Adam Lindin Ljungkvist, who was playing at left-back in the match between Järna SK’s reserve team and Pershagen SK, was shown a second yellow card late on in what local media called “bizarre circumstances”.
“I asked the referee, ‘What, am I not allowed to break wind a little?’ ‘No,’ he replied … I don’t get it but maybe he thought I farted in my hand and threw the fart at him. But I did not.”
Opposition striker Kristoffer Linde told the paper: “I was standing a good distance away but I heard the fart loud and clear. It’s the strangest thing I’ve seen on a pitch, and I’ve been playing football since I was eight years old.”
The referee, Dany Kako, confirmed that Ljungkvist had received the second yellow card for breaking wind, explaining: “I perceived it as deliberate provocation. He did it on purpose and it was inappropriate. Therefore, he received a yellow card.”
Ljungkvist told Aftonbladet: “To provoke anyone with a fart is not particularly smart or normal. It’s nonsense – I just broke wind and got a red card. I spoke to the referee afterwards, I was annoyed, but there were no bad words. I just said he was a buffoon.”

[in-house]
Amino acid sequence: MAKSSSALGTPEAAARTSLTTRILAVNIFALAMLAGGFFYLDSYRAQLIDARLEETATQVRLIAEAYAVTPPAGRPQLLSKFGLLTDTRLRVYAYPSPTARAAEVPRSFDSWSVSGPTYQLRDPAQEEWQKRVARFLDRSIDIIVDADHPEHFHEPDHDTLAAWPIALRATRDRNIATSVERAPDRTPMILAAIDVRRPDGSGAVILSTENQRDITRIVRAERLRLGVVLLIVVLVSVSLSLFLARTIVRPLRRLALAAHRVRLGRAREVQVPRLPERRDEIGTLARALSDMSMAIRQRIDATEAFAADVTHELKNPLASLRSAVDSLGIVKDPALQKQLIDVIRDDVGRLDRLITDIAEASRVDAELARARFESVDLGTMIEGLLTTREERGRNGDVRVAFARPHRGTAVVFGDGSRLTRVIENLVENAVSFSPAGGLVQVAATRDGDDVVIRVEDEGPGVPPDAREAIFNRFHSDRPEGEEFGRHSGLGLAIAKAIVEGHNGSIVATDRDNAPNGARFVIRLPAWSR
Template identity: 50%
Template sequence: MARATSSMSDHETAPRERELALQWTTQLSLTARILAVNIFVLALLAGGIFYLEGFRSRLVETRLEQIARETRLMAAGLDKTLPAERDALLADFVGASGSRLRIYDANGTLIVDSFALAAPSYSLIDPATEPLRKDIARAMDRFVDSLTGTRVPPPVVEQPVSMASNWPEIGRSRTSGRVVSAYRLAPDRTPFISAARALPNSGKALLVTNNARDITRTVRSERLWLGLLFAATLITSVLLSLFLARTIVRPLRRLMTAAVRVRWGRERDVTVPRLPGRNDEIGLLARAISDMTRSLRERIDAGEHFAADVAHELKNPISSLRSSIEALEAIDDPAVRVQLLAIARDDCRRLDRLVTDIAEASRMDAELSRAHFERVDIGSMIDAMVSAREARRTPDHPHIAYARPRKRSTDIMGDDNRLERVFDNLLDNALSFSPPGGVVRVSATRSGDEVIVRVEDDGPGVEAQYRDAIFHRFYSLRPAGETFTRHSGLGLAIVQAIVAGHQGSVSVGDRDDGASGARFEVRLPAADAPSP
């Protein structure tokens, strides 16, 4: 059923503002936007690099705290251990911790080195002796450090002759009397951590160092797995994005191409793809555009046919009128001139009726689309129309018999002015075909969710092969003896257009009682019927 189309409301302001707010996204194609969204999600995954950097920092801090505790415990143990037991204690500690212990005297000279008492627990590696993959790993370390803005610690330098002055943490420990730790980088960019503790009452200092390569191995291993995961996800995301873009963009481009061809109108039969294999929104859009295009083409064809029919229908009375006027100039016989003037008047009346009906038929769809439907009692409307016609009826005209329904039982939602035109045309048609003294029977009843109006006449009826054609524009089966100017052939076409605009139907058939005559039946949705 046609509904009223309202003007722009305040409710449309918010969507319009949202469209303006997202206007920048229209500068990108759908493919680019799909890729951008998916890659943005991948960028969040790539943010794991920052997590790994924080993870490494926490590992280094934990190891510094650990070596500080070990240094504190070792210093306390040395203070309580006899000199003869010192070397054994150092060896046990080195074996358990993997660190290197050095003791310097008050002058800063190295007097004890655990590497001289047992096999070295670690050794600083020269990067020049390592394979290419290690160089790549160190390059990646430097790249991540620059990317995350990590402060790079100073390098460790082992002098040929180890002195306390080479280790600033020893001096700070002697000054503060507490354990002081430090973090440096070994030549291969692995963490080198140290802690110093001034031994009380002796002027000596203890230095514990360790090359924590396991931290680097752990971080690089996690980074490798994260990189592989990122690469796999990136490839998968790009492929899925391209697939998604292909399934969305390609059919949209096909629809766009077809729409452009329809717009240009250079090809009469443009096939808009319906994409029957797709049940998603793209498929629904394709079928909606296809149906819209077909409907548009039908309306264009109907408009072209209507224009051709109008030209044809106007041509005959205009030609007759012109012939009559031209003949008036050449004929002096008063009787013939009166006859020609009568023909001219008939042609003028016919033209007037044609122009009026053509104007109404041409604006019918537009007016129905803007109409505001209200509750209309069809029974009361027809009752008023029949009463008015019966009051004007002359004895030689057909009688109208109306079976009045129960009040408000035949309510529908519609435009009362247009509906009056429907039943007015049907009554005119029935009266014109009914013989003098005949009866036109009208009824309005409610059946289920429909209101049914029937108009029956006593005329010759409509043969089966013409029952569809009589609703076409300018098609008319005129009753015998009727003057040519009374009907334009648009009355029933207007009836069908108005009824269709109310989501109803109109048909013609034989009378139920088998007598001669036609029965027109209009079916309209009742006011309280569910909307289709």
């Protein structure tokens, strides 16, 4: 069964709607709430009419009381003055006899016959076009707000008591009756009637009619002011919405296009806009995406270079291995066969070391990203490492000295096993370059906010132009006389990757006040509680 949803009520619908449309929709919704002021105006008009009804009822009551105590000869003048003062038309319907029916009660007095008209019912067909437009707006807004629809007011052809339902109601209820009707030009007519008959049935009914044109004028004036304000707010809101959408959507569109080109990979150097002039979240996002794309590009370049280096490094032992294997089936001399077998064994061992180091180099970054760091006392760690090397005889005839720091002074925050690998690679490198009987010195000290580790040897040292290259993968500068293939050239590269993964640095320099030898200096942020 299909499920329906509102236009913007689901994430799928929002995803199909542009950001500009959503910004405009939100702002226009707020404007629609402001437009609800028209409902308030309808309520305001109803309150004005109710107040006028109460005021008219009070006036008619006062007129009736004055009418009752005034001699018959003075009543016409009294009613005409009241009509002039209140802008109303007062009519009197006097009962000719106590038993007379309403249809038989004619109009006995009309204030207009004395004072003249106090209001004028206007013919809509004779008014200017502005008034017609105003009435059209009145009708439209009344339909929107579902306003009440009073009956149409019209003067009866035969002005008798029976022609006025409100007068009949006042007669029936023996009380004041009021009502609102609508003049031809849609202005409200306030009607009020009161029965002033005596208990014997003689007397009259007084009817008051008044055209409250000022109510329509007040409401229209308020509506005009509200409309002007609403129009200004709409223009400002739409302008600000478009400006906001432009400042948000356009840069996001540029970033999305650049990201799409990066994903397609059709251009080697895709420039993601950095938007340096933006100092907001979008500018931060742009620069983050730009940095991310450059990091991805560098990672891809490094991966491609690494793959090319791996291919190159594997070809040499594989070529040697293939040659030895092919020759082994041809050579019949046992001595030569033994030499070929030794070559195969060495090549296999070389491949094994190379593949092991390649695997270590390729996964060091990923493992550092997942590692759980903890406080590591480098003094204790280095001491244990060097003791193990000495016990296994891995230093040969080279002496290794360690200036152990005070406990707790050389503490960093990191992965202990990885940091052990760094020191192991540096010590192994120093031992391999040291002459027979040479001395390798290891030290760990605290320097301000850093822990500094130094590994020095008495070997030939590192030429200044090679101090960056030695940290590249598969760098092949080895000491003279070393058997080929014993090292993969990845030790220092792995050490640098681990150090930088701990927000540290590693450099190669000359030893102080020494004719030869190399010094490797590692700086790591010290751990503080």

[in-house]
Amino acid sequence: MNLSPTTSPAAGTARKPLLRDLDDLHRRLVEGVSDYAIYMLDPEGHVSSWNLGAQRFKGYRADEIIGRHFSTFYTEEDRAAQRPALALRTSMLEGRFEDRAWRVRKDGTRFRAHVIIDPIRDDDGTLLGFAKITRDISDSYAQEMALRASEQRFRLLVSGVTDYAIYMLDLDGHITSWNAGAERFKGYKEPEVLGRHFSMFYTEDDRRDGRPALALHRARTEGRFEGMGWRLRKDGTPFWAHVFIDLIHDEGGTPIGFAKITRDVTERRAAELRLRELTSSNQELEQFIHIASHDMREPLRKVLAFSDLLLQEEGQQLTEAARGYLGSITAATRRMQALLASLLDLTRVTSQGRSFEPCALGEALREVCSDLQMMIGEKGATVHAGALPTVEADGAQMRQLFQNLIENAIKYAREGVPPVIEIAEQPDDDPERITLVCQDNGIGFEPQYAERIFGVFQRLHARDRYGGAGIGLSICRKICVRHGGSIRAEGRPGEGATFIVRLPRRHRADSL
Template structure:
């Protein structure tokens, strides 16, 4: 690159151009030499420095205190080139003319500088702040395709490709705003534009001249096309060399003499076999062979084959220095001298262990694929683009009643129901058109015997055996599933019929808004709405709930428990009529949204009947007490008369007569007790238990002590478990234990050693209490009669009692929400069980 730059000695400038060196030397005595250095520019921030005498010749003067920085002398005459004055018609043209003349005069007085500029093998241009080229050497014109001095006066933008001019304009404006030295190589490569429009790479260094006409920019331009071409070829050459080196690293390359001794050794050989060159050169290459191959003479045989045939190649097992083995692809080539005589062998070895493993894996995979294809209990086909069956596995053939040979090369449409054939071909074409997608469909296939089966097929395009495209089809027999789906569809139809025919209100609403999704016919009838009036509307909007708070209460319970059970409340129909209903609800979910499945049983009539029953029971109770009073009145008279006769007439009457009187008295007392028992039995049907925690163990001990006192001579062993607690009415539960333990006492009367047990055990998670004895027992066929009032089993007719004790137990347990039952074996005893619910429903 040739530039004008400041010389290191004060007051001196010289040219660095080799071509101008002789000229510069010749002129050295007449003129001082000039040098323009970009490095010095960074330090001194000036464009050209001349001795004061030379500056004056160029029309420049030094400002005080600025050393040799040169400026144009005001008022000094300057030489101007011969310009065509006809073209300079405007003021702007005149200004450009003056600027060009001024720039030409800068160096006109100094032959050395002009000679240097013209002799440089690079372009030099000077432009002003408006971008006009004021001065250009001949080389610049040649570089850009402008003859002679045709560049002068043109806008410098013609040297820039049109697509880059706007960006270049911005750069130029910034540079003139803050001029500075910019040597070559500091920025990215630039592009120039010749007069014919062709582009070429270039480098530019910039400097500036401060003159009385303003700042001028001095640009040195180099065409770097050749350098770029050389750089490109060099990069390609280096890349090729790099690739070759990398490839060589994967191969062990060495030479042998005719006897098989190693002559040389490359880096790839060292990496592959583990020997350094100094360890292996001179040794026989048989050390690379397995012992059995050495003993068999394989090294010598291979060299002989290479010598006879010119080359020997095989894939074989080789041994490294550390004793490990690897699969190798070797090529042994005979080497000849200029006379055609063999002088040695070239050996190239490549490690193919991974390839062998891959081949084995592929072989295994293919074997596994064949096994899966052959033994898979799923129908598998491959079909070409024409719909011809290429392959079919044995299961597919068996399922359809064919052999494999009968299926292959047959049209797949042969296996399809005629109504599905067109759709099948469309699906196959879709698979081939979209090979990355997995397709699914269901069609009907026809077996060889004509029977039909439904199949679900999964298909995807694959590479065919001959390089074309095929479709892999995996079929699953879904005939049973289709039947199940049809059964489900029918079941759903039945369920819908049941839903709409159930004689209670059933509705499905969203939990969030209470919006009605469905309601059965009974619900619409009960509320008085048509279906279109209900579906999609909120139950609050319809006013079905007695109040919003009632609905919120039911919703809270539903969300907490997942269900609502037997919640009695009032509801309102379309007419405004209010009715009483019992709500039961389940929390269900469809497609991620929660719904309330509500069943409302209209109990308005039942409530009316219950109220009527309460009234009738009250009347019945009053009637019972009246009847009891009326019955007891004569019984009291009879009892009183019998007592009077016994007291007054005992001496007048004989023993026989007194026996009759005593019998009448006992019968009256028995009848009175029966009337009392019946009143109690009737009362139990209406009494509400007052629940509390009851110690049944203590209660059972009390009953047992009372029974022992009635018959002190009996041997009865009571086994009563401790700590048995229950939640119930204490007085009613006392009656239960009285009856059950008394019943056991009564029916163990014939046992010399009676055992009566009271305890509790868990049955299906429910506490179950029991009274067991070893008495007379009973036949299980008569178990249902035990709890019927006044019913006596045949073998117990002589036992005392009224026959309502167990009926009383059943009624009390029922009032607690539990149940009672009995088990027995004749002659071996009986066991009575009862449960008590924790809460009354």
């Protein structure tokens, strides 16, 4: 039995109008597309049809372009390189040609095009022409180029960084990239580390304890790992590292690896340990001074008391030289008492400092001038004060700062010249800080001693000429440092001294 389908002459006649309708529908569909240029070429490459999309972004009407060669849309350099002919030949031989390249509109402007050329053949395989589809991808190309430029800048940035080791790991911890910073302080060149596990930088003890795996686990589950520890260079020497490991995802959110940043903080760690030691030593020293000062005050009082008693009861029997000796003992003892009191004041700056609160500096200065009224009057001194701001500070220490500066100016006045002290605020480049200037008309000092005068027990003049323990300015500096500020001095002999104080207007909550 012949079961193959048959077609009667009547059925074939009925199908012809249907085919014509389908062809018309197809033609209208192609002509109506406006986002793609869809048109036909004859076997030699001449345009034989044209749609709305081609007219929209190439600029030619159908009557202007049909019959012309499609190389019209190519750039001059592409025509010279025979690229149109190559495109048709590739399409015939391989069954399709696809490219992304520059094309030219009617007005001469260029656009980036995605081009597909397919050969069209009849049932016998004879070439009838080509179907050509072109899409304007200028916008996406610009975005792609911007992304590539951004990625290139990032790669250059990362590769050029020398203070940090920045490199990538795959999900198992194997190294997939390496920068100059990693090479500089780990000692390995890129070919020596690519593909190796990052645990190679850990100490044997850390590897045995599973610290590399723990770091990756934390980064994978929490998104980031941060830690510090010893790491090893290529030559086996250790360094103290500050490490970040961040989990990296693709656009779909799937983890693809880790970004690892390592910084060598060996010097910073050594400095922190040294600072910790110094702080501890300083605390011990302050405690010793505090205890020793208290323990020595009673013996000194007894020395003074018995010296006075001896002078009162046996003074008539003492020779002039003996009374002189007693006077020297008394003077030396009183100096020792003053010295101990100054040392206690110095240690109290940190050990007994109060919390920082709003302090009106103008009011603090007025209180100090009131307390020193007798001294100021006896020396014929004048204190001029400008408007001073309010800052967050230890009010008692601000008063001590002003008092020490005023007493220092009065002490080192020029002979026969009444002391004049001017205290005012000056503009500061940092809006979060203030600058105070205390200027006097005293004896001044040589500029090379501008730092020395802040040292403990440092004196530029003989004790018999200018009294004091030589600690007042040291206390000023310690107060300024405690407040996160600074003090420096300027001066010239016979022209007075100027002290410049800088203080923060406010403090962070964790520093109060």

Kako said he had experienced similar incidents before. “Once there was a player who stood and peed next to the pitch. I showed him a yellow card, too.”
The Atlanta Hawks retired Dikembe Mutombo’s No. 55 jersey Tuesday night to honor the longtime shot blocker’s Hall of Fame enshrinement.
Mutombo signed as a free agent in 1996 to make Atlanta the second stop on an 18-year career he spent with five other teams.
”I don’t think I ever thought my jersey would be retired,” Mutombo told reporters after his jersey was hung from the arena rafters in a halftime ceremony. ”My name will stay forever.”
The 7-foot-2 Mutombo was a four-time NBA Defensive Player of the Year, an eight-time All-Star, and he ranks second on the league’s career blocked shots list and 20th in rebounds.
Through his foundation, Mutombo, 49, built a hospital that has served 140,000 in his native Congo. He twice won the NBA’s J. Walter Kennedy Citizenship Award and now works for the league as a global ambassador.
Mutombo was enshrined in the Naismith Memorial Basketball Hall of Fame two months ago.